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Dems forge ahead on $1.75T bill over inflation fears

Anxiety over rising inflation is complicating Democrats’ ambitious push to pass nearly $2 trillion in expanded social programs this winter. Still, it hasn’t scared off key centrists in the House ahead of this week’s floor vote.

The House will vote as soon as Thursday on one of Congress’ largest-ever spending bills, which would infuse roughly $1.75 trillion into health care, education, child care and other programs. And that vote comes at an uncomfortable moment for Democrats, with the U.S. inflation rate hitting a 31-year high last week.

But even some of the caucus’ most skittish centrists aren’t shying away from President Joe Biden’s sprawling social spending plan. Instead of backing away from another multi-trillion bill this year, they’re leaning in, arguing that the additional spending — as long as it’s entirely paid for — will actually help halt rocketing prices of items like child care or prescription drugs.

“We’re not spending any more money, unless it’s absolutely paid for. So it doesn’t add to the inflationary index,” said Rep. Kurt Schrader (D-Ore.), one of the caucus’s most vocal critics of government spending, who is likely to back the bill provided that there’s no bad news from Congress’ scorekeeper in the coming days.

“Taxpayers don’t want us adding to the deficit. We already spent $5 trillion, for God’s sakes. Time to rein in that rampant spending, while making sure it doesn’t add to the inflationary index,” Schrader said.

Democrats are powering ahead with a vote on their sprawling bill, largely confident that new data from the Congressional Budget Office over the next 48 hours or so will be enough to win over a half-dozen recalcitrant moderates. Once that happens, House Democrats will need to quickly pivot to the task of explaining what’s in their bill — and why injecting more cash will actually help control prices in the long run.

It won’t be easy to strike the balance. Some senior members and aides have privately grumbled that their party hasn’t yet given them enough tools to fight back against the torrent of GOP attacks on the subject, looking for more than Biden’s recent talking points that include a recent letter from more than a dozen Nobel laureates in economics.

Many Democrats from battleground districts are quick to acknowledge their alarm at the roughly 6 percent hike in consumer costs, the fastest 12-month pace since 1990.

“I’m worried about inflation. And I noticed that myself at the gas pump. Prices are going up, and I know that that’s stressful for people, especially around the holidays,” said Rep. Elaine Luria (D-Va.), who represents a swing district.

Rep. Lou Correa (D-Calif.), a centrist Blue Dog whose district is just outside of Los Angeles, said he blames the pandemic for the city’s jammed ports that have led to mass shortages.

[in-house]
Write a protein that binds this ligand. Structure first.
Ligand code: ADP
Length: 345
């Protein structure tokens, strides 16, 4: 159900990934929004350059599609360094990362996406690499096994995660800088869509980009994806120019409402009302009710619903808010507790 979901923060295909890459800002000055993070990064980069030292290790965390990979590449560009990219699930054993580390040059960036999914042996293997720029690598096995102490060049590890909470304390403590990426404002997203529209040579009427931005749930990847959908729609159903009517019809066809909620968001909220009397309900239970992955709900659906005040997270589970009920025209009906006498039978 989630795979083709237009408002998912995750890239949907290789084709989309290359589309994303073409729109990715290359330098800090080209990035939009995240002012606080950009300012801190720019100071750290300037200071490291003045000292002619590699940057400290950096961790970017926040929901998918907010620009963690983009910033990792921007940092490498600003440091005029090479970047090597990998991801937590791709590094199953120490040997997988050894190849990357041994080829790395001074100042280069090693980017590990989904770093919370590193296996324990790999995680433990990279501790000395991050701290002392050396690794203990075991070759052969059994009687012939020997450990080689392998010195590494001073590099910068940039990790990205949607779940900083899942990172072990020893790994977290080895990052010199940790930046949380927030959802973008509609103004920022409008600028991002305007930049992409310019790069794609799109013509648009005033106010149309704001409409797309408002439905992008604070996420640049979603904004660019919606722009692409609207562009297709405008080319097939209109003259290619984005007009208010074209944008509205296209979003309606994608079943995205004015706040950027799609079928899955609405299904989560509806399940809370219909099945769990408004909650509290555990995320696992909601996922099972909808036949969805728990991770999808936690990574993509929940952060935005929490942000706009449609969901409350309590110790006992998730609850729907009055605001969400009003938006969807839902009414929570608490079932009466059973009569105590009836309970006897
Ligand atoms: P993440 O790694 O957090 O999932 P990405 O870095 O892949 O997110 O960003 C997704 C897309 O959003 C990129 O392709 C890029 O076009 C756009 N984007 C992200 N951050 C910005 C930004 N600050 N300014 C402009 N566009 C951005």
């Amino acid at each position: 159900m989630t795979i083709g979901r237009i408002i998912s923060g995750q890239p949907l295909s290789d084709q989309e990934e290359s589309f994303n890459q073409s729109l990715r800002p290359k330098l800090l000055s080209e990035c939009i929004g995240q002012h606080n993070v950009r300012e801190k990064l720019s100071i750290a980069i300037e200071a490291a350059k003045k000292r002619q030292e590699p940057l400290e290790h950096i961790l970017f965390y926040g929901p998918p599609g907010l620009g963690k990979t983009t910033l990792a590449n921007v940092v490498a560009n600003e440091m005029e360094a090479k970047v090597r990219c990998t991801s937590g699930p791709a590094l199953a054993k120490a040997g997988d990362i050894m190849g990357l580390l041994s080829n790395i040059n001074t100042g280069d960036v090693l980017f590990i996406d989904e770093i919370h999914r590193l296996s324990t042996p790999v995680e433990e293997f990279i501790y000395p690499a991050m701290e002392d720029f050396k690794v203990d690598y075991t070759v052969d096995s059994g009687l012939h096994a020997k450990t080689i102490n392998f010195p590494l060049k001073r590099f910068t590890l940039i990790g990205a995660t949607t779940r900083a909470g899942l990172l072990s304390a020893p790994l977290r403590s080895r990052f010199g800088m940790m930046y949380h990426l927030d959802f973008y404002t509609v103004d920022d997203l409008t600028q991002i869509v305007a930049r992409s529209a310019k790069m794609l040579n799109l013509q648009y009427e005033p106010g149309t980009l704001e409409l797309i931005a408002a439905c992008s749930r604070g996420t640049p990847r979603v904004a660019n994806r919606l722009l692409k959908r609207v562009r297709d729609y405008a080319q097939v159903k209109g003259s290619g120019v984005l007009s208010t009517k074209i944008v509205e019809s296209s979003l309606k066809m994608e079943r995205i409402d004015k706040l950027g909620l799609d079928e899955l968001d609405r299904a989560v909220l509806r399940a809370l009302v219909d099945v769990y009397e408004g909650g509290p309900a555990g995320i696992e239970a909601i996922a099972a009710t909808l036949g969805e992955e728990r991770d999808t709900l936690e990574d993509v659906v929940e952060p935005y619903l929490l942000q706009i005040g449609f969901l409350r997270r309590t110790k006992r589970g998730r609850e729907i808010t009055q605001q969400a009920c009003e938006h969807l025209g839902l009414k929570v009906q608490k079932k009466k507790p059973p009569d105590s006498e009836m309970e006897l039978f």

“I’ve been watching inflation since the 1980s,” Correa said, brushing off broader, economy-wide inflation fears. Instead, he said, it’s more limited to certain goods.

“We have to make sure that the after effects of Covid-19 don’t linger. That’s the issue right now. Covid-19 shortage,” Correa said. “Ship shortages, why do they have ship shortages? Covid-19.”

The concerns have been more potent in the Senate, where centrist Sens. Joe Manchin (D-W.Va.) and Kyrsten Sinema (D-Ariz.) have raised inflation fears for months.

“I’m very concerned about inflation. It’s all I hear about when I’m at home. Folks are very, very concerned,” Sinema said in an interview, recalling a recent trip to the grocery store where she was shocked by her own bill.

“The cost is continuing to go up. So to see this kind of record-level inflation, which is the worst we’ve seen in 30 years, so certainly in most of my lifetime, is very concerning. And it is certainly top of mind for Arizonans,” Sinema said.

While GOP leaders have claimed Congress’ record spending is to blame for the recent inflation surges, top Democrats say the reality is far more complicated than the government’s red ink during a public health emergency.

“Inflation is a real issue, we need to deal with it. We’re dealing with it in the infrastructure bill, which is going to help supply routes,” House Majority Leader Steny Hoyer told reporters on Tuesday. “We know when supply is not available, prices go up. That’s the simplistic reason there are other, more complicated reasons.”

Democrats instead argue that Biden’s biggest legislative priority could actually help fix supply chain issues and lower the costs Americans pay for things like prescription drugs and child care.

“The Build Back Better Act is going to deal with these cost-of-living issues in a decisive way. Some might argue in a historically transformational way,” said Democratic Caucus Chair Hakeem Jeffries (D-N.Y.).

Republicans have been using inflation as a cudgel against Democrats and see it as one of their biggest weaknesses heading into the midterms. They argue the spending packages will worsen inflation as Americans head into the holiday season.

Strategists have already featured rising gas and food prices in ads in key battleground seats. One ad this week from American Action Network — part of a $2 million buy across a half-dozen districts — targets Rep. Dan Kildee (D-Mich.) and attempts to tie him to inflation.

“There’s no end to the creativity that the Republicans are willing to use when they’re not bound by the truth,” Kildee said of the GOP attacks.

Marianne LeVine and Heather Caygle contributed to this report.

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